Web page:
“…And somewhere in the heart of this world, stands a woman whose portrait both sides are fighting for, Adele Block Bauer. During my visits to this country, I’ve discerned that there are two Austrias, one that opposes restitution to the victims of Nazism, but also another that recognizes the injustices committed against Austria’s Jewish population and against all odds seeks to rectify it…A string of events and misdeeds point to the incontestable fact that the paintings in question reached the Belvedere and remain there for over half a century in a manner that was both dishonest and illegal…So in its own way, ladies and gentlemen, this is a moment in history, a moment in which the past is asking something of the present. Many years ago, just outside these walls, terrible things happened, people dehumanized other people, persecuted them, sent many of them to their deaths, decimating entire families. And they stole from them, properties, livelihoods, objects most precious to them. And amongst those people were the Block Bauers, a family of a very dear friend of mine.
So now I’m asking you, as Austrians, as human beings, to recognize that wrong, not just for Maria Altmann, but for Austria.”
Gustav Klimt, Portrait of Adele Block-Bauer I. 1907, oil and gold leaf on canvas. Neue Art Gallery, New York, New York, United States.
Great painting with a great story:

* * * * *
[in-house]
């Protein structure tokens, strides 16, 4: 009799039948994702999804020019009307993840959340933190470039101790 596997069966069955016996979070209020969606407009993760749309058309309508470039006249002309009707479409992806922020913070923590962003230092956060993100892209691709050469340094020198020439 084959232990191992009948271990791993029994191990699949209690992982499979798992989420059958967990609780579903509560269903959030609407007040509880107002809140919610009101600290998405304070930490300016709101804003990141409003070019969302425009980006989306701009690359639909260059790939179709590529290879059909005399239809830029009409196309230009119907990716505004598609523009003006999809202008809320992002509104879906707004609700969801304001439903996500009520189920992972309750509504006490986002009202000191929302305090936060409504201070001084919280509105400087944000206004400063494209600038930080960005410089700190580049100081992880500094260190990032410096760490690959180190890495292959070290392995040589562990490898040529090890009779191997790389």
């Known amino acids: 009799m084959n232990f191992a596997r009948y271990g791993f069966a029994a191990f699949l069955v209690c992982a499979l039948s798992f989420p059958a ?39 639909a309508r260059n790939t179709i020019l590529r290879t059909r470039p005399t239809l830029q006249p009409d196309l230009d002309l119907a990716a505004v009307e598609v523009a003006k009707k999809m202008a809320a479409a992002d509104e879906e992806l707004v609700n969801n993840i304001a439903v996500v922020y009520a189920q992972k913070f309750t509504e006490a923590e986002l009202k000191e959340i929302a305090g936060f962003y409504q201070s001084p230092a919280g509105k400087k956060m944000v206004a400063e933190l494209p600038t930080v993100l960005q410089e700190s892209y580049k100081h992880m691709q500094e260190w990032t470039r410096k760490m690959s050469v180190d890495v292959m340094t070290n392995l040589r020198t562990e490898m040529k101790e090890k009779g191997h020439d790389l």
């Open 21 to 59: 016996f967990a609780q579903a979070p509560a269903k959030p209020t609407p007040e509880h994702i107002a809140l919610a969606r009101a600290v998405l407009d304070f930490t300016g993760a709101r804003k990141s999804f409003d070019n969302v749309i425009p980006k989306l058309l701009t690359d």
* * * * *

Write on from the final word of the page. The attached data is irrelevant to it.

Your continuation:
This painting, which took three years to complete, was commissioned by the wealthy industrialist Ferdinand Bloch-Bauer, who made his money in the sugar industry. Ferdinand Bloch-Bauer favored the arts, especially Klimt, and commissioned him to complete another portrait of his wife Adele in 1912. Adele Bloch-Bauer was the only person to be painted twice by Klimt. This painting is perhaps most famous not for its artistic quality, but because of its scandalous history since inception. Upon her death, Adele Bloch-Bauer wished the painting to be given to the Austrian State Gallery, but it was seized by advancing German forces in World War II. In 1945, Ferdinand Bloch-Bauer designated the paintings to be the property of his nephew and nieces, including Maria Altmann. Nonetheless, the Austrian government retained ownership of the painting, and was not returned to the Altmann family until 2006 after a long court battle. The painting was then sold at auction for $135 million dollars, which at that time was the highest price paid at auction for a painting. It is now displayed the Neue Art Gallery in New York.